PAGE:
Clensta’s gel-based formulation is free of alcohol, Sodium lauryl sulfate and any other harmful ingredients. Moreover, unlike traditional products, it can be directly applied to hair and body, massaged and then can be dried off using a towel.
“The products, indigenously manufactured under the Make in India and Swachh Bharat Scheme, have been dermatological tested and approved under FDA,” said Puneet Gupta.

In Siachen, the world’s highest battlefield, temperatures routinely plummet to -50 degree Celsius and the soldiers of the Indian Army posted at the base have to battle frostbite and icy winds. When battling such harsh weather conditions, normal day-to-day activities like taking a bath is a luxury. At least till now.

Working closely with defence personnel and observing the tough environmental conditions they worked under, Puneet Gupta decided to do something about it. His efforts culminated in starting Clensta, a water less personal hygiene solution. The startup’s line of gel-based water less bath and shampoo enables one to take a bath or wash their hair without using a single drop of water.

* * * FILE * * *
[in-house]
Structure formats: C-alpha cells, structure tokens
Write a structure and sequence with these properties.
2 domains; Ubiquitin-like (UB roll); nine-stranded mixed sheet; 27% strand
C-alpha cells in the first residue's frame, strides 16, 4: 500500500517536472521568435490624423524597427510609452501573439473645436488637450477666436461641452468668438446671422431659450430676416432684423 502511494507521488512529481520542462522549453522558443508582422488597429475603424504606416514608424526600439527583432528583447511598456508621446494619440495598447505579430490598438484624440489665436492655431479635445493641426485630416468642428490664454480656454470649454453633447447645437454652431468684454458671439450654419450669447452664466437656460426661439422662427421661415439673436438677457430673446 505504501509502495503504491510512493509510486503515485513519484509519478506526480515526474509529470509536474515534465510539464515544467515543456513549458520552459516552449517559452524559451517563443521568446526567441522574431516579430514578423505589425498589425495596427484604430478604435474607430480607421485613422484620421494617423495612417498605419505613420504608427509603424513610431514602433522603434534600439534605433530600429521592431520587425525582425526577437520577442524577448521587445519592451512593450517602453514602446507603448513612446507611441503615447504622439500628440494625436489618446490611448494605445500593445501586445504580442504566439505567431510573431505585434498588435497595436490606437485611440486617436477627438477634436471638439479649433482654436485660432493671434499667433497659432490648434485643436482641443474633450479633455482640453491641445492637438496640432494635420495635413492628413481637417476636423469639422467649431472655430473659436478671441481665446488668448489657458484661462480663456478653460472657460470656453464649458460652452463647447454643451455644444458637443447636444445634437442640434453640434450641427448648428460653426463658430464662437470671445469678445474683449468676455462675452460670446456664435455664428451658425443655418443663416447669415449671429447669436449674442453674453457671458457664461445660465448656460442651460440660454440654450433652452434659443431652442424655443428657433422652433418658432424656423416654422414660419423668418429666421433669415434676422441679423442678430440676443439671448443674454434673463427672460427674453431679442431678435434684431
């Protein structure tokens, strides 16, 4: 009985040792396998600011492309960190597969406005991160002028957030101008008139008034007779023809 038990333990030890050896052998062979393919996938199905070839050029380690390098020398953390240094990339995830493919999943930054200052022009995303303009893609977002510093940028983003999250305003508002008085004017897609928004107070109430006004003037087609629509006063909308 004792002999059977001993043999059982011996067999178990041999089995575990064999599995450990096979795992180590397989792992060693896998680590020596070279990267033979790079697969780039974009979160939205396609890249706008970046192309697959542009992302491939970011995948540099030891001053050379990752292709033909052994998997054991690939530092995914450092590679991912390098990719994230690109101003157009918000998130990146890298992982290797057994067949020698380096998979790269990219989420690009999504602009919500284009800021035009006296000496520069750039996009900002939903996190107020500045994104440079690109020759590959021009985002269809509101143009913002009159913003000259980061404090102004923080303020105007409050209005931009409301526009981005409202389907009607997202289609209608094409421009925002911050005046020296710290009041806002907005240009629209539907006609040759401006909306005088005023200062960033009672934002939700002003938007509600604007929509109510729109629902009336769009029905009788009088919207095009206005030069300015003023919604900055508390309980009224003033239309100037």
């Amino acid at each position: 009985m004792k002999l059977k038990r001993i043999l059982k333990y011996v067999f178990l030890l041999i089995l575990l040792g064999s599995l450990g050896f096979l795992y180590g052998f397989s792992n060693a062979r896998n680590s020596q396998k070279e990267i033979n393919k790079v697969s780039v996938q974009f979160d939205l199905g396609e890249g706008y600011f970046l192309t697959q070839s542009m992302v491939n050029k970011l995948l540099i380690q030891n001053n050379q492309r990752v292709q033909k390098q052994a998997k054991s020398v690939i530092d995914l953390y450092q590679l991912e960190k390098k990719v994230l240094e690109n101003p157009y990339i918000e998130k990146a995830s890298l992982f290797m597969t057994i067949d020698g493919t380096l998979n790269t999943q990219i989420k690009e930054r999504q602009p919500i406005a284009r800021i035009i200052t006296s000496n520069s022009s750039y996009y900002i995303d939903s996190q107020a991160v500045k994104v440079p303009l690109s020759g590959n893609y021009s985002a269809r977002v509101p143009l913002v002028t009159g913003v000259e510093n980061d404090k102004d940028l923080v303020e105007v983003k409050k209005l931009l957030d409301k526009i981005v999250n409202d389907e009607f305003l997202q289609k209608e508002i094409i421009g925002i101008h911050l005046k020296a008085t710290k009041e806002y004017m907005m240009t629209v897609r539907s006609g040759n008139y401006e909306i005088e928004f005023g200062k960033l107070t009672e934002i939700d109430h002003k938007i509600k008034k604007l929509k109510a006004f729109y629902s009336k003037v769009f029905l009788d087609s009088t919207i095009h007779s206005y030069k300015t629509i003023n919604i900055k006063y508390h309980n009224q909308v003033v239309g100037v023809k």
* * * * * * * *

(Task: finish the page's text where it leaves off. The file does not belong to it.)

“I examined the hygienic situation of a soldier and the challenge of not bathing for days faced during their duty in places with extreme conditions like Siachen, Kargil or Drass. After witnessing their difficulty in maintaining personal, I decided to develop water less technology products, leading to the establishment of Clensta,” says Gupta.

Need of The Hour

Clensta (formed by joining two words -cleaning and instant), is, however, not just for soldiers stationed in extreme environments, but can prove useful to patients in hospitals, elderly people and adventure enthusiasts.

According to the founder, with both water scarcity and the level of groundwater now reaching alarming levels (both nationally and globally), and for a country that remains drought-prone, where natural calamities are a regular phenomenon affecting more than its 330 million inhabitants, Clensta is a much-needed idea.